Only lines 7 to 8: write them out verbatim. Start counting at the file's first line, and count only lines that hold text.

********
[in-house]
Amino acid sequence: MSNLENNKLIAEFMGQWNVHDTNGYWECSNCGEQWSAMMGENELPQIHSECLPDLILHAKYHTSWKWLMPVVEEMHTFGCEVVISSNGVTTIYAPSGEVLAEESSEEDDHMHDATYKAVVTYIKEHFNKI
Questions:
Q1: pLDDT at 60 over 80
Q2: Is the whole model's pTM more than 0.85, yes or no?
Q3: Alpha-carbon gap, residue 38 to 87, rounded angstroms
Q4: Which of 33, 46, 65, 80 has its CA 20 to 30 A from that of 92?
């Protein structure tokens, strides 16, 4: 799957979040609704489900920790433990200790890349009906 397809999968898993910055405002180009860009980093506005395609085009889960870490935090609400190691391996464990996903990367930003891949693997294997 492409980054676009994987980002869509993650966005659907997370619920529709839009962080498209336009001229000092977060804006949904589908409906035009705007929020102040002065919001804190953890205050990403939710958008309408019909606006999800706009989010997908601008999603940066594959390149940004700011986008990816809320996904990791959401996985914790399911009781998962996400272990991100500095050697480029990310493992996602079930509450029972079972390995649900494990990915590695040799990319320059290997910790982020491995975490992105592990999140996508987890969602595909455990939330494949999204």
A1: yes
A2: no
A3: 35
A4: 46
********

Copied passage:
Q4: Which of 33, 46, 65, 80 has its CA 20 to 30 A from that of 92?
């Protein structure tokens, strides 16, 4: 799957979040609704489900920790433990200790890349009906 397809999968898993910055405002180009860009980093506005395609085009889960870490935090609400190691391996464990996903990367930003891949693997294997 492409980054676009994987980002869509993650966005659907997370619920529709839009962080498209336009001229000092977060804006949904589908409906035009705007929020102040002065919001804190953890205050990403939710958008309408019909606006999800706009989010997908601008999603940066594959390149940004700011986008990816809320996904990791959401996985914790399911009781998962996400272990991100500095050697480029990310493992996602079930509450029972079972390995649900494990990915590695040799990319320059290997910790982020491995975490992105592990999140996508987890969602595909455990939330494949999204």